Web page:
Angels in Action

In one of the Apple stores in California, I, with the help of my daughter’s charm, was lucky to be among those who were able to purchase one of the hottest gadgets today – the new Apple ipad. This unbelievable machine will change how computers will be used and how we communicate. With 3G capability, you can do almost anything with it.

I rented a movie and watched it on a flight using my ipad. ‘The Blind Side’ has been in theaters early this year. I guess I missed it. I normally catch up when I am on vacation mode with my kids here in the states. This movie inspired me.

For those who have not yet seen the movie, it is a true story on Michael Oher. It showed a point in his life when he was hopeless. He is an African-American who went to a private school. He had no parents to mentor him, no family and no home. The Touhy family took him in and eventually became his legal guardian. You can only imagine having a traumatized child, coming from a different background and exposed to things you would not want your kids to see. Yet, the Touhy family showered him with love and mentored him. They even hired a private tutor so he will make it in school. Eventually, he became a football superstar in college and now in the NFL.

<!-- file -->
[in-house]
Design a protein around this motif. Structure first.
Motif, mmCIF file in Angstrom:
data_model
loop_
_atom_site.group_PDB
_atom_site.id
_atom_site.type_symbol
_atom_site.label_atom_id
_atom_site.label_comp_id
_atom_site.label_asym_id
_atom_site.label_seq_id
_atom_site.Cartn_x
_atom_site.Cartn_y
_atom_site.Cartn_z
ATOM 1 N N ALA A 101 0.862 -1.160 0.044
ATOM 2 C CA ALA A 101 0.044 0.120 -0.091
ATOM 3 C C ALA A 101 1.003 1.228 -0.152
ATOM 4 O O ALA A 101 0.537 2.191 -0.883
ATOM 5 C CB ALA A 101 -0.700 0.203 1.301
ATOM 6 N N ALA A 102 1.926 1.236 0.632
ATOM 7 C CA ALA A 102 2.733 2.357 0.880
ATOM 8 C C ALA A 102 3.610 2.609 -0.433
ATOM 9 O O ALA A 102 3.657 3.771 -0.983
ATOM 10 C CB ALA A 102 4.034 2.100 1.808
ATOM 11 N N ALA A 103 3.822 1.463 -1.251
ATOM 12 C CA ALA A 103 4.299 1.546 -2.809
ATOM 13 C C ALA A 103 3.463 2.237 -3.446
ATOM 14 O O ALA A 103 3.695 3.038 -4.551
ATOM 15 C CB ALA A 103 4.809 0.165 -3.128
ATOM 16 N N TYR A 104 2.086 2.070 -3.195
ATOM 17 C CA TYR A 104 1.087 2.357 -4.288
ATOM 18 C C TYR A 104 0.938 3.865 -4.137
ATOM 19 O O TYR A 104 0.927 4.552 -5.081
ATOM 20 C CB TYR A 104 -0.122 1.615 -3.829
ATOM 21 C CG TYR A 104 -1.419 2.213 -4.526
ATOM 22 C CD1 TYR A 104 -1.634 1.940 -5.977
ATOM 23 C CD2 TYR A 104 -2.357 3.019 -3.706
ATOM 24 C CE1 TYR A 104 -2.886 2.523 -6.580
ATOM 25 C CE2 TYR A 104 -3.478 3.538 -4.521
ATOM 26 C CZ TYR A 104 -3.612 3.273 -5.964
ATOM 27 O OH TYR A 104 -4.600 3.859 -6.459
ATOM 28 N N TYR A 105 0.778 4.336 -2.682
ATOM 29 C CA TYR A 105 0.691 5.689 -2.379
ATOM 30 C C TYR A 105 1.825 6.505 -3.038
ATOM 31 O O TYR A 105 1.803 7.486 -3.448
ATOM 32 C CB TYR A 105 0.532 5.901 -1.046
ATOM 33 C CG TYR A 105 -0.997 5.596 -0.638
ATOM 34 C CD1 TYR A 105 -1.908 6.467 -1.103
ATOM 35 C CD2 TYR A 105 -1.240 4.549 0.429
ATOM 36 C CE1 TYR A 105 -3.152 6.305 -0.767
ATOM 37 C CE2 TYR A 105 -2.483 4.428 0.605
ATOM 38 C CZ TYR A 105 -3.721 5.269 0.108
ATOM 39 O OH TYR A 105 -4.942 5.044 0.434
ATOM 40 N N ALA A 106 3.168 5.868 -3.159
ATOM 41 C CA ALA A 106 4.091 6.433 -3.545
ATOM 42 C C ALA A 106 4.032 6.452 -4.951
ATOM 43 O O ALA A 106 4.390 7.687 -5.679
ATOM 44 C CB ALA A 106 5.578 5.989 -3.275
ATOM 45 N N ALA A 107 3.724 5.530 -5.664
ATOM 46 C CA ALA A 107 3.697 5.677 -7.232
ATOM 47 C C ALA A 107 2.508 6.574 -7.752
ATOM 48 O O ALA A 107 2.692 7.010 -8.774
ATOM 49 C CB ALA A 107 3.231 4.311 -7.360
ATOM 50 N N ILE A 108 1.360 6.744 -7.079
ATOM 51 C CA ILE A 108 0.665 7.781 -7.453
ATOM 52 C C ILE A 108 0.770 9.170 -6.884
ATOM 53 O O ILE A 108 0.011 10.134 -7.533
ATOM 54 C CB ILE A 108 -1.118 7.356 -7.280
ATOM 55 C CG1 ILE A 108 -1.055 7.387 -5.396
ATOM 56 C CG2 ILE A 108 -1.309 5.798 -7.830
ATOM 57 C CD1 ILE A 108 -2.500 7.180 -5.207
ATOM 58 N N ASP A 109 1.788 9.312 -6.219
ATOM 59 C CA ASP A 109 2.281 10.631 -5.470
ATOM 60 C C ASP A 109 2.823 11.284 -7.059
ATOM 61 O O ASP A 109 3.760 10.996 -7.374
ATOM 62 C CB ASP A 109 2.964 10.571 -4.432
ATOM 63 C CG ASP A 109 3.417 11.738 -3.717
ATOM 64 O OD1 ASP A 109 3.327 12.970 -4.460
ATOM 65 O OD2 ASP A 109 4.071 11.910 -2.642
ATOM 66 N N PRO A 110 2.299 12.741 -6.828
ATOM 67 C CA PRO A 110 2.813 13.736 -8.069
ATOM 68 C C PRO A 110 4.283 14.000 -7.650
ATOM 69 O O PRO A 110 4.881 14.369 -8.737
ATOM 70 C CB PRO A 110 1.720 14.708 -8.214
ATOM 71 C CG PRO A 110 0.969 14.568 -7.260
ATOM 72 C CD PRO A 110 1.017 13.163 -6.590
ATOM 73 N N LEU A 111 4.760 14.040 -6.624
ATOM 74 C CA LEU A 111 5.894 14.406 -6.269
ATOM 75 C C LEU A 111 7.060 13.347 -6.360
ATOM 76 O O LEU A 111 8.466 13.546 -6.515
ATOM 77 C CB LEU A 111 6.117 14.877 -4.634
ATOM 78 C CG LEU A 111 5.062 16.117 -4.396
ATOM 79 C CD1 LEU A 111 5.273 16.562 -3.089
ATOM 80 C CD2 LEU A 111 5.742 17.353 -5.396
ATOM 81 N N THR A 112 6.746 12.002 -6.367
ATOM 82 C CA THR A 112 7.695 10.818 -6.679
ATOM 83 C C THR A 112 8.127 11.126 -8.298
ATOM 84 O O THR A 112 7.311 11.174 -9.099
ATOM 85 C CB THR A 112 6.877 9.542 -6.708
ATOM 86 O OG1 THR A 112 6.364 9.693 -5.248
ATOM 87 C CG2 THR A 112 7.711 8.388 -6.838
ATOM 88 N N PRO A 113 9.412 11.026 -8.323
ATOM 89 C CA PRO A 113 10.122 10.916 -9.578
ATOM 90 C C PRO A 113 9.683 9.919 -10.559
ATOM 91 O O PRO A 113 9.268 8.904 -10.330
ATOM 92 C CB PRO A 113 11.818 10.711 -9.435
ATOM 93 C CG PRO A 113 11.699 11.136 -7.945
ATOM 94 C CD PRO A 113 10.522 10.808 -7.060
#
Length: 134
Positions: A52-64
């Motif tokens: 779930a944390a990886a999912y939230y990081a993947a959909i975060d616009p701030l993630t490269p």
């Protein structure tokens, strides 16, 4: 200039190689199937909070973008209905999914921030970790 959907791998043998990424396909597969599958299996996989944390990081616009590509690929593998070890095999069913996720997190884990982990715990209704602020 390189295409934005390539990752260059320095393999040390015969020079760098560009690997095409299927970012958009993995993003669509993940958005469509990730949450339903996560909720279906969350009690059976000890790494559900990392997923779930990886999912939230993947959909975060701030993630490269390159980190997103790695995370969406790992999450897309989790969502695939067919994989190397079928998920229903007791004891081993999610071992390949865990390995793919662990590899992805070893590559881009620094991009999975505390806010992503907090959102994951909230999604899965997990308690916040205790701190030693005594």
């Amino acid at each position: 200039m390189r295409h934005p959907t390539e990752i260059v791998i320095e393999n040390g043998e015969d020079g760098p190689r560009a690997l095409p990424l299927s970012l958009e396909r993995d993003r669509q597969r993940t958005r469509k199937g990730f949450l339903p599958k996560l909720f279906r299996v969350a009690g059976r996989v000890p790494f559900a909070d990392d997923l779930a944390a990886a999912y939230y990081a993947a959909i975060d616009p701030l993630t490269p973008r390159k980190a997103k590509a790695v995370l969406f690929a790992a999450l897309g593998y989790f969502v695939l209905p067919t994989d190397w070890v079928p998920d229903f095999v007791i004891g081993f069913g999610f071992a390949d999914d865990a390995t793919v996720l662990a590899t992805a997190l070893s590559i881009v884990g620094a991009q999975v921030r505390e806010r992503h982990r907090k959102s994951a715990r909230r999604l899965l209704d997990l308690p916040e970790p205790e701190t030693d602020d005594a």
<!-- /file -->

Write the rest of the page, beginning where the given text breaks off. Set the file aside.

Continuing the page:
How does this story relate to our Philippine setting? We have thousands of microentreprenuers who are below the poverty line. Many of them are women, trying hard to succeed so that their children will be able to get a better education. While some parents become overseas workers, others have decided to set up a small negosyo. But, many of them still lack mentorship. They need the encouragement and knowhow to continue despite the challenges they face daily, like family problems, cash problems, among others.

Michael Oher would not have made it, if not for the family who adopted him and the active mentorship of his foster mother who served as his angel. Our microentrepreneurs do not need to be adopted or housed. But, they definitely need an active mentorship to help them succeed. While micro finance institutions are able to provide some form of mentorship because of the microlending facilities, this may not be enough. We need a more comprehensive understanding of the psyche of successful negosyantes, how they think, what their attitude and visions are, and how they overcome adversities and focus on growing the business.

Let me share with you what Go Negosyo is trying to do with our partners in government like the Department of Trade and Industry, who is on the ground and exposed to micro and small entrepreneurs.

I asked Philippine Center for Entrepreneurship Executive Director Ramon Lopez to share how he has seen certain “angels” in action.